trigger warning: mental health, suicide and cancer
Male suicides accounts for approximately 69% worldwide – over twice the number of female suicides. In addition to this, men live an average of five years less than women, and the charity Movember argues that this is largely due to preventable factors. The Movember movement was created for these reasons and raises awareness for men’s health to decrease premature death rates. They particularly focus on mental health as well as prostate and testicular cancer – the biggest health issues faced by men.
The high rate of male suicide is largely thought to be due to patriarchal expectations on men to conform to the masculine gender norms, such as strength, power, and lack of vulnerability. As women take up different roles in society, the male stereotypes of toughness and invulnerability are slowly being rewritten but they are still the dominant ideologies in many cultures. And yes, the patriarchy does disproportionately benefit men, however gender inequity often encourages behaviours that counter the qualities needed for good mental health. For example, vulnerable emotions such as anxiety or sadness can often trigger shame in men, discouraging them from seeking help. There is also a cultural pressure to appear independent, meaning they may not develop the rich support system that many women have. It is difficult to articulate the full extent to which patriarchal ideology is linked to male suicides and this only scratches the surface of the many reasons men may commit suicide.
Movember has had a huge impact in suicide prevention! With all the money that the public donate, Movember has been able to set up multiple different schemes and education tools to help counter toxic masculinity and raise awareness for male mental health. These include school-based suicide prevention programs and a global campaign known as ‘spot the signs’.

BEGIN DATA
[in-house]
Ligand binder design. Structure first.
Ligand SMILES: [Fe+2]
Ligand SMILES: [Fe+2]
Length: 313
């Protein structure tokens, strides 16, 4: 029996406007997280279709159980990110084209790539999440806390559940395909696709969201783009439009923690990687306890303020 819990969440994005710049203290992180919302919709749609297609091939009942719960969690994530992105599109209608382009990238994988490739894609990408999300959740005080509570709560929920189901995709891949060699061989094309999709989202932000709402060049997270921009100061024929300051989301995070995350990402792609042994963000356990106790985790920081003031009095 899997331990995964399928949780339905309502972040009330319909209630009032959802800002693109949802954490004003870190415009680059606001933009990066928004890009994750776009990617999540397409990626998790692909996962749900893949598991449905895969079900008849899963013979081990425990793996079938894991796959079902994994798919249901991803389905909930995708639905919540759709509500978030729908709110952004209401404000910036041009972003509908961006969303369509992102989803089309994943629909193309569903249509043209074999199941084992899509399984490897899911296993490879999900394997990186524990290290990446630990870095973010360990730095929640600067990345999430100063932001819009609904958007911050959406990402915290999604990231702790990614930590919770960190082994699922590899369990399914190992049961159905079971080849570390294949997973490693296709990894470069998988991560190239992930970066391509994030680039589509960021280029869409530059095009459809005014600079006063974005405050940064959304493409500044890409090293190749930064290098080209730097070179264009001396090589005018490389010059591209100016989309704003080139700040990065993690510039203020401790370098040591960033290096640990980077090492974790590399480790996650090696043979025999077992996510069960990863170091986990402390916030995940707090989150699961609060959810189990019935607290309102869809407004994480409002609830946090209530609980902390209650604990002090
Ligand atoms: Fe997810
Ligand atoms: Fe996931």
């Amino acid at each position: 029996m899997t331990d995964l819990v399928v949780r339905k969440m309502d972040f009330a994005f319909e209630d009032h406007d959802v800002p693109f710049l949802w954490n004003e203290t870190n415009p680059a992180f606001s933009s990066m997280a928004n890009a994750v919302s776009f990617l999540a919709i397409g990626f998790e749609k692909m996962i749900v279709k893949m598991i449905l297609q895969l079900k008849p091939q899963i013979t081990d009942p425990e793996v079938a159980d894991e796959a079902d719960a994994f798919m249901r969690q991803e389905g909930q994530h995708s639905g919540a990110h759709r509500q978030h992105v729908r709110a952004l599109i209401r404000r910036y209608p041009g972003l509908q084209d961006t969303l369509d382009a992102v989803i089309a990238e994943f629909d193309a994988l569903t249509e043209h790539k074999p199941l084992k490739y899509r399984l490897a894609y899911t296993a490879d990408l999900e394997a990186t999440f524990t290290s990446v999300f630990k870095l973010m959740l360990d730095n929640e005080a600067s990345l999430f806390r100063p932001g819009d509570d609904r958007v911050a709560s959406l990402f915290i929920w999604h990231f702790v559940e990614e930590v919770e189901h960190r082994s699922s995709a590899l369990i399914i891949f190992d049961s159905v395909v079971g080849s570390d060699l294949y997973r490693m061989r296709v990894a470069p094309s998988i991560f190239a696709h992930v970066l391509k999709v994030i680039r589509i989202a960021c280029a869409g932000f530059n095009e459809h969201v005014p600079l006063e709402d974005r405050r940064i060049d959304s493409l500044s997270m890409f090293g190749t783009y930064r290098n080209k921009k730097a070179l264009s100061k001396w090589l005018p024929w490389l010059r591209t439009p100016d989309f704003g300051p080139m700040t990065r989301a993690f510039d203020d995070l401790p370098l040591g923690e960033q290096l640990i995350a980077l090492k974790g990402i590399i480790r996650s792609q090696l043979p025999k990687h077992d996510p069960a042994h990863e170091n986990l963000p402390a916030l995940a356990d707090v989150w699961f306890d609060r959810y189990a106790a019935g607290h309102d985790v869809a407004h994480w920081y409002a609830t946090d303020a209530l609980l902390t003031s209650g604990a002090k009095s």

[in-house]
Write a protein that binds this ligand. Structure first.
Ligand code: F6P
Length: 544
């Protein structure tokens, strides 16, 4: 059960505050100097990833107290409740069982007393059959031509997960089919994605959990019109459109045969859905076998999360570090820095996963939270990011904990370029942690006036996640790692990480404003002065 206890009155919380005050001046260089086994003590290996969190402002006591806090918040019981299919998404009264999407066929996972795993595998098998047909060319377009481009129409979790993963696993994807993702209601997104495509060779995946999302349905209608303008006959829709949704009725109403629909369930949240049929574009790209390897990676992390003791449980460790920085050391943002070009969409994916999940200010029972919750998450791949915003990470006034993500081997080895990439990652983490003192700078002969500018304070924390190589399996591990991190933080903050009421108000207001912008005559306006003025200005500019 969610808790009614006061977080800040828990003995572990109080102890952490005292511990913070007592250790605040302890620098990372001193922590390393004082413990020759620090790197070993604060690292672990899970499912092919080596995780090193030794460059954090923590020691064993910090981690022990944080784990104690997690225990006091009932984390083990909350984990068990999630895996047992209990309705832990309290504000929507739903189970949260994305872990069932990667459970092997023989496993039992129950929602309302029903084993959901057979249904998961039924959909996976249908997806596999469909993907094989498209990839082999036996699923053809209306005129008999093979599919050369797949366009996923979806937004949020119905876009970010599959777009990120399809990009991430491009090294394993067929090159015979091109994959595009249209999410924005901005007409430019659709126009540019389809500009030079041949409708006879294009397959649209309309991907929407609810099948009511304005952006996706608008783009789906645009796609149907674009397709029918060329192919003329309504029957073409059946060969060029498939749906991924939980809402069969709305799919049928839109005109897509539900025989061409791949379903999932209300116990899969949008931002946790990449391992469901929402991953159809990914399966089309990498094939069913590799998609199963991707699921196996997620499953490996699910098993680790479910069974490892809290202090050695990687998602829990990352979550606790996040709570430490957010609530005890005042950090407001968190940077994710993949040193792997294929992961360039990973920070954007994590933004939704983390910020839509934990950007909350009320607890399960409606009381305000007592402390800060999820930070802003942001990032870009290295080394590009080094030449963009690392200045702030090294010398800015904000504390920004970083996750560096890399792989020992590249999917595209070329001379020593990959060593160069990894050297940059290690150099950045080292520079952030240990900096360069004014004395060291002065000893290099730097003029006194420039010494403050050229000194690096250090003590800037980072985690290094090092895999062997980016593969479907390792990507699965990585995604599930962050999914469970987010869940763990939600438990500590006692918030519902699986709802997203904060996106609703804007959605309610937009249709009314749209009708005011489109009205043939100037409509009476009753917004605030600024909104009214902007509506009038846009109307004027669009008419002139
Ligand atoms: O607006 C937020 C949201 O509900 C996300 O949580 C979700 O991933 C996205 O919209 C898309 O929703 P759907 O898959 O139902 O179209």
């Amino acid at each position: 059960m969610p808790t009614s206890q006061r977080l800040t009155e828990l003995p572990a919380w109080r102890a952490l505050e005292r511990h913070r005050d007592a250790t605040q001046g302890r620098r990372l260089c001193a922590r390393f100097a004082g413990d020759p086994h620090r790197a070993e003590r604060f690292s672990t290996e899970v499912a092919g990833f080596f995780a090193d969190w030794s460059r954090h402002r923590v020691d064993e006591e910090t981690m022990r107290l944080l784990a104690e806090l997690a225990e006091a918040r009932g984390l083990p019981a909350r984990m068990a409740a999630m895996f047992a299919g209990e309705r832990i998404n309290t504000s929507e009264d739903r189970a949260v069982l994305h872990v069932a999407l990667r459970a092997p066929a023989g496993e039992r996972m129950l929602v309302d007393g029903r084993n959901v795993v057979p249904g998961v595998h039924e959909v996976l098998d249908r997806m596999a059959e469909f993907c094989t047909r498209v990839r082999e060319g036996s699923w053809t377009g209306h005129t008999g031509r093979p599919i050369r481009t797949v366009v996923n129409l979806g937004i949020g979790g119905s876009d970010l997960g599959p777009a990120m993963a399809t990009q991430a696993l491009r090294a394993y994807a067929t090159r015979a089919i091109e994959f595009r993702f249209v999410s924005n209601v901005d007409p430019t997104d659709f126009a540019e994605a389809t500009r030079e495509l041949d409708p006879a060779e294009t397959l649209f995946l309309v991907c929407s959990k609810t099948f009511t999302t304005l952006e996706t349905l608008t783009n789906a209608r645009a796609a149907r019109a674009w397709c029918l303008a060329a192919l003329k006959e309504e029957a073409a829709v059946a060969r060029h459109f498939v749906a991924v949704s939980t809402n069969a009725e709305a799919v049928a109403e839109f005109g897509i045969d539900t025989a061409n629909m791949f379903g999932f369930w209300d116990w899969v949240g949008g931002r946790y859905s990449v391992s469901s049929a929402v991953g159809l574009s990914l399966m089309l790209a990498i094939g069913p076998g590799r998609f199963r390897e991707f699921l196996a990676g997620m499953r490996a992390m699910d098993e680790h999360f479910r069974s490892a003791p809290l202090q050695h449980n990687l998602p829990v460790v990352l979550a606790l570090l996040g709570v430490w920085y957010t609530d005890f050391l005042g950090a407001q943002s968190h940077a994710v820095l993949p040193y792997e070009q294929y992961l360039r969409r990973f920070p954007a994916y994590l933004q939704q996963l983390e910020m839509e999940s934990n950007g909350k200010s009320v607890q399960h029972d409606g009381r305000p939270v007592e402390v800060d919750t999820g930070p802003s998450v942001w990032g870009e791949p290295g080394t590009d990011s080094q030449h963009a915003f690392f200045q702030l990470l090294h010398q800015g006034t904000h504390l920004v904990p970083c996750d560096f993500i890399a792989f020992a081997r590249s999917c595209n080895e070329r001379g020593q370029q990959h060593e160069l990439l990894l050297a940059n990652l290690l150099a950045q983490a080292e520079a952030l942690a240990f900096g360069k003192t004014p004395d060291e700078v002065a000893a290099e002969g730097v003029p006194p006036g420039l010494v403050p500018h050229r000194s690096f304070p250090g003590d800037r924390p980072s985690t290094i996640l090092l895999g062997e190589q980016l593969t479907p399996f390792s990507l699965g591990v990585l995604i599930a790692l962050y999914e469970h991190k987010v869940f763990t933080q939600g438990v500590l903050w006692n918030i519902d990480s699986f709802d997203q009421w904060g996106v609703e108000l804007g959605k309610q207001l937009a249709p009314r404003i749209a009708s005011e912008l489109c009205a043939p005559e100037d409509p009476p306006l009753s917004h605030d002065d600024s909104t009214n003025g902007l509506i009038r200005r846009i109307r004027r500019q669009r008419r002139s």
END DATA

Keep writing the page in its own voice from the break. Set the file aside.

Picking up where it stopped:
However, Movember are not just shining a light on men’s mental health issues but also the physical health issue of prostate cancer. This is one of the most common cancers worldwide, and the difference between early and late detection can be life or death. In many cases prostate cancer is asymptomatic, and therefore it is vital that people with a prostate are encouraged to be tested between the ages of 45 and 50. As well as raising awareness of this, Movember has done amazing things to raise funding for prostate cancer medical research. They have allowed the initiation of 188 clinical trials and the development of 70 therapies for prostate cancer! Testicular cancer is the most common cancer amongst young people with testicles, however, 62 per cent of those most at risk do not know how to check themselves. Movember has come up with a tool called ‘nuts and bolts’ to help people confidently tackle their journey with testicular cancer.
Throughout the month of November, the students of Exeter University have been raising awareness and money for the Movember movement. The Athletics Club collectively ran 988.32 kilometres, whilst the Tennis Society held a challenge to see who could run the furthest in 48 hours. Four ambassadors of Exeter Movember organised fundraising events such as the Great British Shave Off and Move for Mo. Countless other events have taken place, and there are still more to come. Because of all this hard work, the University has managed to raise over £110,000 so far! These funds will go to the Movember charity, where they will go a long way in the battle to protect men’s health.
This fight isn’t over, each year we must continue to do all we can to support this very worthy cause.
– Keziah Lee
Featured Image: Still via Youtube // What is Movember? / Movember